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Sean Spina



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    OS03 - Secured Communication in Circle of Care (ID 4)

    • Event: e-Health 2019 Virtual Meeting
    • Type: Oral Session
    • Track:
    • Presentations: 1
    • Coordinates: 5/27/2019, 10:30 AM - 11:30 AM, Area 2
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      OS03.01 - Secure Messaging and Clinical Communication Solution (SMaCCS) Across Care Continuums (ID 541)

      Sean Spina, Pharmacy, Royal Jubilee Hospital; Victoria/CA

      • Abstract

      Purpose/Objectives:
      Delivering patient-centered care requires an ability to collaborate and communicate across care settings and organizational boundaries, including hospitals and community care settings. Without a secure system available, care providers (including family physicians, specialists, hospitalists, nurses and pharmacists) resort to using their personal Smartphones and non-secure applications to communicate about patient care. The SMaCCS project involved an application that was installed on a participantÂ’s own Smartphone. The app had a user directory that included user specialty area, enabling participants to connect with other health care providers in a secure environment. The purpose of this first-in-Canada project was to determine if the introduction of a SMaCCS for use by community and hospital-based health care providers would improve clinical communication, thereby increasing efficiency and enhancing patient care.


      Methodology/Approach:
      This study used a mixed methods approach, which has been found to be useful in other examinations of secure mobile communications. A before-and-after evaluation approach was used to compare providersÂ’ work experiences and proportion of successful contacts using existing communications methods to those achieved using the SMaCCS. The study evaluated the impacts of introducing the SMaCCS on switchboard operators, pharmacists, and physicians using a quality of experience framework to examine; the degree and nature of adoption of the SMaCCS; Effects on user workflow and experience; Effects on care provision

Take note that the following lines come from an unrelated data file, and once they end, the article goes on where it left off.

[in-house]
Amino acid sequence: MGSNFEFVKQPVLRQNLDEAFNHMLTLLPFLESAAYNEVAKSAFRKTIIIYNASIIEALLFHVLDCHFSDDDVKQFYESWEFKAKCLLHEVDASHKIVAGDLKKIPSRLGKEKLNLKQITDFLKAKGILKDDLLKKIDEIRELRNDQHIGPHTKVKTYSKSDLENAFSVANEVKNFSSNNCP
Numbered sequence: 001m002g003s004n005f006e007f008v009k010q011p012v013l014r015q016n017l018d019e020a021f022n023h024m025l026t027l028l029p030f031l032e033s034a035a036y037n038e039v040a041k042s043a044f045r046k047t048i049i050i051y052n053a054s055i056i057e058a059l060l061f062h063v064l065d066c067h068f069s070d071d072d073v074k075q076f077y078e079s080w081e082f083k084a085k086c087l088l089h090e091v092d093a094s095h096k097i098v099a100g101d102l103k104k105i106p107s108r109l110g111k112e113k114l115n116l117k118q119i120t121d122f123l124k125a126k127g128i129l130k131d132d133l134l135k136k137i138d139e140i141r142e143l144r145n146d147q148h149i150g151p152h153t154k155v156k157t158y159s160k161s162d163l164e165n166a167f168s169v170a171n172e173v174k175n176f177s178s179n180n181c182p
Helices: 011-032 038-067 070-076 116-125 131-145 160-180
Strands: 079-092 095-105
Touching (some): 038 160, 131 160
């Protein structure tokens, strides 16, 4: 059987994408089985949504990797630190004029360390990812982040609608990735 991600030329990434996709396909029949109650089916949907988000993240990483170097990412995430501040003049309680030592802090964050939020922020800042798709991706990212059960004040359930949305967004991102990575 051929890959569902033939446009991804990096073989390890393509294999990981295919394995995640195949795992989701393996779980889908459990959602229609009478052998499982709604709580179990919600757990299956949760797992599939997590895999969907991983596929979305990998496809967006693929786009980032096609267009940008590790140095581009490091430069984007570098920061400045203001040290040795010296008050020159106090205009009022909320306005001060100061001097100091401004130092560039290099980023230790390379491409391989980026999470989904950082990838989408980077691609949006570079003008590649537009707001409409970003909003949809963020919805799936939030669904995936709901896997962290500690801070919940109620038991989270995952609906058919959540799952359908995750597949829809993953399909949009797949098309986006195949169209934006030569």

Finding/Results:
      In total, 2,806 messages were sent in 636 conversations. Of these, 582 conversations occurred between care providers. According to the tracked data, 25% of provider-provider conversations that were initiated were not responded to. Overall, 53% of participants surveyed (59 of 111) reported being satisfied with the SMaCCS app. 75% of survey respondents (85 of 114) were satisfied or very satisfied with the security of the app. Interviewees (n=11) noted that the security was the biggest benefit over using a regular texting application, since it allowed them to send patient information, including PHNs and images, which supported valuable clinical conversations. Six interviewees specified that having the app allowed them to communicate when it was most convenient for them. Only a small percentage of participants (4% of survey respondents; 4 of 113) indicated that the messages interrupted their work day. When the SMaCCS app successfully connected care providers, it allowed them to share secure information to support better clinical care. Furthermore, 51% (57 of 111) agreed or strongly agreed that having the app made it easier to send or receive information that was important for patient care. 80% felt more comfortable sharing patient information using the secure communication tool, which will enable further collaboration for patient care.


      Conclusion/Implications/Recommendations:
      The SMaCCS pilot project provided valuable learnings regarding use of secure messaging between community and hospital-based care providers, and within-hospital communication. Having a secure mobile communication solution was identified as a key component of safe, connected health care system in the future. [results of a FOLLOW-UP PROJECT: *Investigation into the Cleaning Methods of Smartphones and Wearables from Infectious Contamination in a Patient Care E*nvironment (I-SWIPE) may also be presented for the first time at EHealth19 if selected]


      140 Character Summary:
      First-in-Canada research identifies how a common secure communication solution between hospital and community practice improves patient care